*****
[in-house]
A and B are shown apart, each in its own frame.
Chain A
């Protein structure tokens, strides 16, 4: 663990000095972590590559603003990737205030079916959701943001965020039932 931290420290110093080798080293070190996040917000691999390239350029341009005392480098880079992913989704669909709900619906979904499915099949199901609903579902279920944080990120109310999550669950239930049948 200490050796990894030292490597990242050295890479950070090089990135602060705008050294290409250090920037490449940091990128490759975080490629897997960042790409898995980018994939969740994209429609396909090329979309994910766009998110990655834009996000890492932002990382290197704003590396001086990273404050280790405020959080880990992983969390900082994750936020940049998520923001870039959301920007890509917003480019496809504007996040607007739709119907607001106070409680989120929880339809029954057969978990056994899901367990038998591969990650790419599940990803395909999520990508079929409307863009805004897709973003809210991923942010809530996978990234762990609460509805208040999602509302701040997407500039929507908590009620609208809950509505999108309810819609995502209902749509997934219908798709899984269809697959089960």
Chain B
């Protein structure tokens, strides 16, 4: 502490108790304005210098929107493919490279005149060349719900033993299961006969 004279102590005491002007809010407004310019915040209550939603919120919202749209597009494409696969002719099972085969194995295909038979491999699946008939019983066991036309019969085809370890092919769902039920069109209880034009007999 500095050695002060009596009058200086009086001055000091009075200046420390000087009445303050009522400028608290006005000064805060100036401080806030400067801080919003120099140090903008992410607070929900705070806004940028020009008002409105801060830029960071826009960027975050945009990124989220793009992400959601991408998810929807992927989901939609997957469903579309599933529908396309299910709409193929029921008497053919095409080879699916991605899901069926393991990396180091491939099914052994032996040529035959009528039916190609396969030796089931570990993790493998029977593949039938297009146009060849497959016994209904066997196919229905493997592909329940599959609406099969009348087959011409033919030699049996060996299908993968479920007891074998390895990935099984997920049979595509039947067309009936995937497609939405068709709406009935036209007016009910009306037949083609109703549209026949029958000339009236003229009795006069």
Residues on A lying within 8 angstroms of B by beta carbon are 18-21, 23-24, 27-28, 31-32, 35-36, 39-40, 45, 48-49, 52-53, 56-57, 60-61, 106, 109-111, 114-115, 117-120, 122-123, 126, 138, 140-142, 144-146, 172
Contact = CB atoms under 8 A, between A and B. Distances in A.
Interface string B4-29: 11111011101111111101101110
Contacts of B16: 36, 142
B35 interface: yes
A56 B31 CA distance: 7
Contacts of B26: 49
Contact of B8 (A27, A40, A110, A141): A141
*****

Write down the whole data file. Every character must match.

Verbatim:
[in-house]
A and B are shown apart, each in its own frame.
Chain A
């Protein structure tokens, strides 16, 4: 663990000095972590590559603003990737205030079916959701943001965020039932 931290420290110093080798080293070190996040917000691999390239350029341009005392480098880079992913989704669909709900619906979904499915099949199901609903579902279920944080990120109310999550669950239930049948 200490050796990894030292490597990242050295890479950070090089990135602060705008050294290409250090920037490449940091990128490759975080490629897997960042790409898995980018994939969740994209429609396909090329979309994910766009998110990655834009996000890492932002990382290197704003590396001086990273404050280790405020959080880990992983969390900082994750936020940049998520923001870039959301920007890509917003480019496809504007996040607007739709119907607001106070409680989120929880339809029954057969978990056994899901367990038998591969990650790419599940990803395909999520990508079929409307863009805004897709973003809210991923942010809530996978990234762990609460509805208040999602509302701040997407500039929507908590009620609208809950509505999108309810819609995502209902749509997934219908798709899984269809697959089960």
Chain B
């Protein structure tokens, strides 16, 4: 502490108790304005210098929107493919490279005149060349719900033993299961006969 004279102590005491002007809010407004310019915040209550939603919120919202749209597009494409696969002719099972085969194995295909038979491999699946008939019983066991036309019969085809370890092919769902039920069109209880034009007999 500095050695002060009596009058200086009086001055000091009075200046420390000087009445303050009522400028608290006005000064805060100036401080806030400067801080919003120099140090903008992410607070929900705070806004940028020009008002409105801060830029960071826009960027975050945009990124989220793009992400959601991408998810929807992927989901939609997957469903579309599933529908396309299910709409193929029921008497053919095409080879699916991605899901069926393991990396180091491939099914052994032996040529035959009528039916190609396969030796089931570990993790493998029977593949039938297009146009060849497959016994209904066997196919229905493997592909329940599959609406099969009348087959011409033919030699049996060996299908993968479920007891074998390895990935099984997920049979595509039947067309009936995937497609939405068709709406009935036209007016009910009306037949083609109703549209026949029958000339009236003229009795006069």
Residues on A lying within 8 angstroms of B by beta carbon are 18-21, 23-24, 27-28, 31-32, 35-36, 39-40, 45, 48-49, 52-53, 56-57, 60-61, 106, 109-111, 114-115, 117-120, 122-123, 126, 138, 140-142, 144-146, 172
Contact = CB atoms under 8 A, between A and B. Distances in A.
Interface string B4-29: 11111011101111111101101110
Contacts of B16: 36, 142
B35 interface: yes
A56 B31 CA distance: 7
Contacts of B26: 49
Contact of B8 (A27, A40, A110, A141): A141